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August 1967

Culture, Race, Climate, and Eye Disease.

Arch Ophthalmol. 1967;78(2):262-263. doi:10.1001/archopht.1967.00980030264027

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In another most excellent contribution to medicine and ophthalmology, after six years of travel and study, Ida Mann has responded to the urgent need for a world wide investigation of the ecology of disease, in the hope that the knowledge may provide clues to the causation of disease. It is well known that pathological conditions vary throughout the world due to regional vectors, relative racial immunity, race and culture, and climate and geography. The study is timely for the reason that society is changing because of the ease of communication, the spread of knowledge, and industrialization. Consequently, the striking contrasts now to be discovered can be expected to be lost forever ultimately.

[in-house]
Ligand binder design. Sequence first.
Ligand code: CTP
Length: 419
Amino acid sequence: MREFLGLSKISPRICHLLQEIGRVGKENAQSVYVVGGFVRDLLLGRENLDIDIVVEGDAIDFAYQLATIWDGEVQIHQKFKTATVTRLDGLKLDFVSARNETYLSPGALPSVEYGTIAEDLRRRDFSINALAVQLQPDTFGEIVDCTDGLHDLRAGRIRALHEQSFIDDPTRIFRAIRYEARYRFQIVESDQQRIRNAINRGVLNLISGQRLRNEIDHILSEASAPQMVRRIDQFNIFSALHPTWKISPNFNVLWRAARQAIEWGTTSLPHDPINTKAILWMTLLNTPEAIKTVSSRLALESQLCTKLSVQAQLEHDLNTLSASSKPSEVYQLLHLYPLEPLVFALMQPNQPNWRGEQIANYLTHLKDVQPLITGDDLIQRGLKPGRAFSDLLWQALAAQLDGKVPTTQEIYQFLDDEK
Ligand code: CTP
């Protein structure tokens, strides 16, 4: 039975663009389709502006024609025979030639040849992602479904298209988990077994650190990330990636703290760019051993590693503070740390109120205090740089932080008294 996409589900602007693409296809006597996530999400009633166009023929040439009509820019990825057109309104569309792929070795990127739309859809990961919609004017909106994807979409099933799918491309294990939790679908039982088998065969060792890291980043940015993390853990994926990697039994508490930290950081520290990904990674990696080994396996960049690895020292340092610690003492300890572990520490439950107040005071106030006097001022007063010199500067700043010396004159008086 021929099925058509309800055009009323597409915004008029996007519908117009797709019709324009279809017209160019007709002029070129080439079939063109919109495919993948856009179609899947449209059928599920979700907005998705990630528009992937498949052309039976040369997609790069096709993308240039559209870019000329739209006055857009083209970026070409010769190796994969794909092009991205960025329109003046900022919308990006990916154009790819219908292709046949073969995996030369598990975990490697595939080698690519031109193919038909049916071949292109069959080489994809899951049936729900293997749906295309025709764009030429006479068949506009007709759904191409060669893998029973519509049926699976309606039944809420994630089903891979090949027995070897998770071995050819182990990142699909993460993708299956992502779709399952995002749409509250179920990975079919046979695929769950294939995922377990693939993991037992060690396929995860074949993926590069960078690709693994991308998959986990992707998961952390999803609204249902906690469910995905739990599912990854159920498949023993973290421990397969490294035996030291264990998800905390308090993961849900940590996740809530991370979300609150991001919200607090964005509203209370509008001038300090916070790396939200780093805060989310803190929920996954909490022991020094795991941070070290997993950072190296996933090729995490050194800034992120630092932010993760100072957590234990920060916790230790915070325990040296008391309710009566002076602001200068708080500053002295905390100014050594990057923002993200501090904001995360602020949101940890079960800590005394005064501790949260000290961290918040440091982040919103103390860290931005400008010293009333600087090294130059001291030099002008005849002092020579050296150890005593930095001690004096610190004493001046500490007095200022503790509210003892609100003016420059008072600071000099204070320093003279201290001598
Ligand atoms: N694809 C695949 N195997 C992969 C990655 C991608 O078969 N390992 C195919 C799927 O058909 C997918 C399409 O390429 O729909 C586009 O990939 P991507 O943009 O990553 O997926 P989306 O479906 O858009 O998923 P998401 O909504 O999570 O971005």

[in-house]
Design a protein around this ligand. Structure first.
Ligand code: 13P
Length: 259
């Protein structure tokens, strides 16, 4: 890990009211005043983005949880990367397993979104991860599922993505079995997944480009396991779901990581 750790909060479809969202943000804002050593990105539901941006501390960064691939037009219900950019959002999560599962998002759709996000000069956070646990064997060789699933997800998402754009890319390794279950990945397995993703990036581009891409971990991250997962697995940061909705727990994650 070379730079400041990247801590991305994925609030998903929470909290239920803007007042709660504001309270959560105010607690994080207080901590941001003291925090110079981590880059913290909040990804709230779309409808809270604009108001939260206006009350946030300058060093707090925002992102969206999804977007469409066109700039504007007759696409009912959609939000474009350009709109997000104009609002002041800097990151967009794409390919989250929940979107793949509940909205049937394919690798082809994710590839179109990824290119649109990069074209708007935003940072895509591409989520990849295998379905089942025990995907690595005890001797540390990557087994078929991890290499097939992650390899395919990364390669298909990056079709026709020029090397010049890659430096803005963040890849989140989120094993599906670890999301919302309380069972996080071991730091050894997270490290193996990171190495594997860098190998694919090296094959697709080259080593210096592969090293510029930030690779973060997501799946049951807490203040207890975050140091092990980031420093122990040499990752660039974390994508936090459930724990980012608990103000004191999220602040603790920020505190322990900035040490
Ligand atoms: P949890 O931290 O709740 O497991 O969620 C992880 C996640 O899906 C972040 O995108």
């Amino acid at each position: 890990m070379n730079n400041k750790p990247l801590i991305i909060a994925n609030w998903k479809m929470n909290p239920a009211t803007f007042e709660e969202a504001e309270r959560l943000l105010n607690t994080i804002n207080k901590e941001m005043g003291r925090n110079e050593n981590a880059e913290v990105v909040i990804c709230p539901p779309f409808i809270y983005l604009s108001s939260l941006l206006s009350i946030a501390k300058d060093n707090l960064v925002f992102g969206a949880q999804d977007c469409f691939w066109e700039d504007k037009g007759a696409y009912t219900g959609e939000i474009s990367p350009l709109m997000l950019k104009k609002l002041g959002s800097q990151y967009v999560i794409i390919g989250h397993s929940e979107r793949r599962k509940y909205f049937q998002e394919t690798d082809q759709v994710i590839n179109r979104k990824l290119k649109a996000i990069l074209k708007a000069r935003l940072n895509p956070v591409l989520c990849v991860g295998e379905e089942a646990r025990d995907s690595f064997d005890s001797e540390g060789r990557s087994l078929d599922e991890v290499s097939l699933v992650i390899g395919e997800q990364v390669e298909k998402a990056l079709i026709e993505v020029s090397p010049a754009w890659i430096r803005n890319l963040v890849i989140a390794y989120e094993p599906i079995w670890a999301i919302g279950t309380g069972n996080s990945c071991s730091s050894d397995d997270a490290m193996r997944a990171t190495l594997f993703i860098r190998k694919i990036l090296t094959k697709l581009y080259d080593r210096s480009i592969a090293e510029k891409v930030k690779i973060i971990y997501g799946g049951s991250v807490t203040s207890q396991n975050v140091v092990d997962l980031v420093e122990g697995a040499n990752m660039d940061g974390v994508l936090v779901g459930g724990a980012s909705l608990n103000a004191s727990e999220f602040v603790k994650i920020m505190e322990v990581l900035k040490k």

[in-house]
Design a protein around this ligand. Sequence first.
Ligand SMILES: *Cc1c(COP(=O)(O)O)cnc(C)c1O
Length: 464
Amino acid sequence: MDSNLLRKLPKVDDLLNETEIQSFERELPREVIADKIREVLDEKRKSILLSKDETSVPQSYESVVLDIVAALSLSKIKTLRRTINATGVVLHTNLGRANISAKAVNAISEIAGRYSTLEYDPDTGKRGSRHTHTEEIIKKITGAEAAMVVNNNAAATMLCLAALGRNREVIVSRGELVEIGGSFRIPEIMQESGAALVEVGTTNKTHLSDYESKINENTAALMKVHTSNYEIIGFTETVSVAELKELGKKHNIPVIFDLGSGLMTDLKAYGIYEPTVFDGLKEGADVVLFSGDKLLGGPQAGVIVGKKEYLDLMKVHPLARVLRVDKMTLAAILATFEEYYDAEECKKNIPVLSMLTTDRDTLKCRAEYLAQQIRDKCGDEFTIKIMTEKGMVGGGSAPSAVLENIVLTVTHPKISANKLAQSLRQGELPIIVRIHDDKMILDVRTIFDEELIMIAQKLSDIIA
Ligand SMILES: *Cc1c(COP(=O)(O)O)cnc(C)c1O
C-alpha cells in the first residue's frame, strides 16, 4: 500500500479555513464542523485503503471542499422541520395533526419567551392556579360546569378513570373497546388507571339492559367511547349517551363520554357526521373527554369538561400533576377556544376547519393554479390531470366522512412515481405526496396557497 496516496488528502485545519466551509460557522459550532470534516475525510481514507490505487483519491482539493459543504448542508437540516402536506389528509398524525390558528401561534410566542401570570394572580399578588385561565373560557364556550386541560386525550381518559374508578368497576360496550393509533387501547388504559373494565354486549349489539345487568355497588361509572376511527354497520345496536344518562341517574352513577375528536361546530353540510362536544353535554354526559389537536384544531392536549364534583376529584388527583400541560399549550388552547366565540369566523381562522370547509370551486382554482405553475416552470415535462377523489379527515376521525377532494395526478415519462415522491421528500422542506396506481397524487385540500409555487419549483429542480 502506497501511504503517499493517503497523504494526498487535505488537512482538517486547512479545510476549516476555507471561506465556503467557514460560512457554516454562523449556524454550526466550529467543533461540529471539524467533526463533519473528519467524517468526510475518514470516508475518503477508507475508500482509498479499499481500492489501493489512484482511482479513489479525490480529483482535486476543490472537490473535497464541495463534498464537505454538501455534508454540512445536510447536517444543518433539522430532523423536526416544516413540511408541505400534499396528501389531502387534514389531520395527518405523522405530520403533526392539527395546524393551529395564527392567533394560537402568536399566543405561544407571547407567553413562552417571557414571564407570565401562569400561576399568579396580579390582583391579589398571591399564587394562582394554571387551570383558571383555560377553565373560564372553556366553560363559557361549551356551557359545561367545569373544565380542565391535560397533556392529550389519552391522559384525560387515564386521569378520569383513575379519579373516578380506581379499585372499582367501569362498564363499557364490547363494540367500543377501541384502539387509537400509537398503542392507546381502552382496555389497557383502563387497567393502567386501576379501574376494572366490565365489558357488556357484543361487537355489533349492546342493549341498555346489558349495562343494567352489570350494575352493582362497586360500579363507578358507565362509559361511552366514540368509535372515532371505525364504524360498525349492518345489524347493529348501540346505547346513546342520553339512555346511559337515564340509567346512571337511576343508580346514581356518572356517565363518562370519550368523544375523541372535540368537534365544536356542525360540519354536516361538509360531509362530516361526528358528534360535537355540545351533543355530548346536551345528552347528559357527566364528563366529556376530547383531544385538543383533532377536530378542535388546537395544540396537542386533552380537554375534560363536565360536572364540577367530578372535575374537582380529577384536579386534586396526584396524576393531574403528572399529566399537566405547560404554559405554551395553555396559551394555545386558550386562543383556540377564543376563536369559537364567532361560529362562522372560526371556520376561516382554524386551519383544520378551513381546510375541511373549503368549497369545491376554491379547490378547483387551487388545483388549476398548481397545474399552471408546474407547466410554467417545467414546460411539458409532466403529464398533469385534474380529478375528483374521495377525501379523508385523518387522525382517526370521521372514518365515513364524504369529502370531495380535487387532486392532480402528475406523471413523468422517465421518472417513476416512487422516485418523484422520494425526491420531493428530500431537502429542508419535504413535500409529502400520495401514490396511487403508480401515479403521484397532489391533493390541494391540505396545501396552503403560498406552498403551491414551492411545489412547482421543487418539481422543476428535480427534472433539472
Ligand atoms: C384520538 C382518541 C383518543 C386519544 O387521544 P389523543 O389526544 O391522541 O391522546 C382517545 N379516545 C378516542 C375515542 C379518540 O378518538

The application of the world viewpoint is seen in our increasing knowledge of trachoma, which is found in all parts of the earth, the arctic as well as in the tropics, in moist as well as in dry

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